The Annual Meeting in Colorado is only a few days away! We -the members of the Evaluation Working Group- are really excited about having the opportunity to meet in person again and about having the chance to interact with all of you.
Join us for our presentations to see what we have worked on for the past year. Our efforts will be much more targeted and much more effective if you share with us your experience of using GLOBE with your students. We would like to know your success stories, your challenges, your concerns and your suggestions.
GLOBE Working Groups:
Evaluation Working Group
Bird Beaks and What they Eat
Students identify ideal beak shape for food.
Upper primary (4th and 5th graders) assisted 1st graders
Bird beak/food handout
Wild grain rice
Cooked noodles (macaroni or similarly shaped)
Ask students why birds have beaks and what they are used for - allow time for discussion. Read a book about beaks to the group. I used Birds Use Their Beaks by Elaine Pascoe. After reading, discuss...
Science and Math
GLOBE Science Topics:
Click on the link forwarded by Dr.Tim Schmit (GOES-R PI) to view some amazing imagery!
Looking for collaborators on the GOES-R Weather Watchers Project. Let's bring the satellite and STEM education community together!
Berks Nature is the new Northeast Mid-Atlantic regional partner forum member. My name is Michael Griffith and my email address is email@example.com. If you have any question please feel free to contact me. My main background is water, birds, and bugs, but I am familiar with all the protocols. We are here to help you with education in anyway possible. All my contact information is below.
Michael J. Griffith
Education & Watershed Specialist
Michael joined our staff in August of 2015. He has volunteered for many environmental...
This is the second half to a blog posted on 25 March 2016. To see part one, click here. We are pleased that our guest blogger, Jacob Spivey, is back to share more information about oceans and climate. Jacob also blogs at Weatherbolt.
If part of the ocean has a lower salinity, then it’s going to be less dense and there won’t be as much sinking water there. This can trigger the slowdown of another circulation, the Atlantic Meridional Overturning Circulation, or AMOC (thank goodness scientists abbreviate some of the names that they come up with!). Like the GTC, this is another...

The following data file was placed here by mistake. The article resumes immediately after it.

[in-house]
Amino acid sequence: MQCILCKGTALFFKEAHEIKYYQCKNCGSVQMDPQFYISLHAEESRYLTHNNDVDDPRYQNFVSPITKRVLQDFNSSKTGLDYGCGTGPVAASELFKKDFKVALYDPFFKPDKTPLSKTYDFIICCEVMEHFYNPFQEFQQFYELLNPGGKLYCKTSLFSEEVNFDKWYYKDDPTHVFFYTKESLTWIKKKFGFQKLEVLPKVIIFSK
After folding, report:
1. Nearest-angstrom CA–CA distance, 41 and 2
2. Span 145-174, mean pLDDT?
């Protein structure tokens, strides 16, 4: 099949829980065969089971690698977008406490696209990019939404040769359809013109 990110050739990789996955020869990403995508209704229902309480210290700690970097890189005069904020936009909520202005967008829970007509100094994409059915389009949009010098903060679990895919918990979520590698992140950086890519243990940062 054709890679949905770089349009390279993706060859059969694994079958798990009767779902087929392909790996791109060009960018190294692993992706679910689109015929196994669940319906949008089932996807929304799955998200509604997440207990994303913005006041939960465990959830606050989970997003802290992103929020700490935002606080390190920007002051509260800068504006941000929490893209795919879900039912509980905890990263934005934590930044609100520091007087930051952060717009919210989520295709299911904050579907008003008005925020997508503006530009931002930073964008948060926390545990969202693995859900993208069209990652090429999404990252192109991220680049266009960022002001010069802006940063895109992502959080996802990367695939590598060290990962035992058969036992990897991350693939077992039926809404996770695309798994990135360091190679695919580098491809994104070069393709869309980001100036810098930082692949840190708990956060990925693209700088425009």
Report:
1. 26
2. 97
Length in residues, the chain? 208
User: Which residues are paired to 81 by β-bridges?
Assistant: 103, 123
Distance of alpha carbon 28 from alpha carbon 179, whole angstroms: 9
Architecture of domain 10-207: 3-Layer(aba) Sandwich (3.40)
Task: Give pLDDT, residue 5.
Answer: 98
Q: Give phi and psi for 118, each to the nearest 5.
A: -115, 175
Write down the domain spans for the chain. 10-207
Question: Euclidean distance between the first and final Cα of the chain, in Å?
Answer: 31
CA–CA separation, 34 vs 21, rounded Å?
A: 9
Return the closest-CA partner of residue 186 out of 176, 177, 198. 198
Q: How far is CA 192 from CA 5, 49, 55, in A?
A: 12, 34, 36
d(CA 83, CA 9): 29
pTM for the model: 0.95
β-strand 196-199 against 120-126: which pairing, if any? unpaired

We are pleased to welcome guest blogger Jacob Spivey. Jacob is a senior undergraduate in Meteorology with a minor in Climatology at Penn State University. Fascinated by weather extremes as he was growing up, today he looks at possible relationships between extreme weather and climate change. Within the past few years, he has also begun looking at how these subjects are communicated to the general public, a process which he has started doing himself in his online blog, Weatherbolt.
Ask someone what they think of when they hear about climate change, and you might get a few...
The next GLOBE training will occur at the University of North Dakota on Monday 8 August and Tuesday 9 August 2016, with online components beginning Friday 5 August.
Trainers will be Dr. Laura Munski of the Dakota Science Center and Dr. Matt Gilmore of Atmospheric Sciences.
New this year, teachers will watch several introductory online videos and complete several hours of e-training with quiz questions - totaling 3 hours of online instruction.
Invited again this year are pre-service teachers (e.g., students at UND or Mayville State University)...
Why should we study mosquitos in our area?
By Mullica Jaroensutasinee, Krisanadej Jaroensutasinee, Walailak University
Rebecca Boger, Brooklyn College and Elena Sparrow, UAF
Before we try to answer this, we should ask ourselves about how much do we know about them? For example, how many mosquito species present in our area? Would they carry some diseases? Where are their main breeding sites? Would they prefer to bite kids than adults and elderly? What time of year? What time of day would they most active (biting us)?
Let us give you some example on mosquitos that are main vector for...
GLOBE Working Groups:
Science Working Group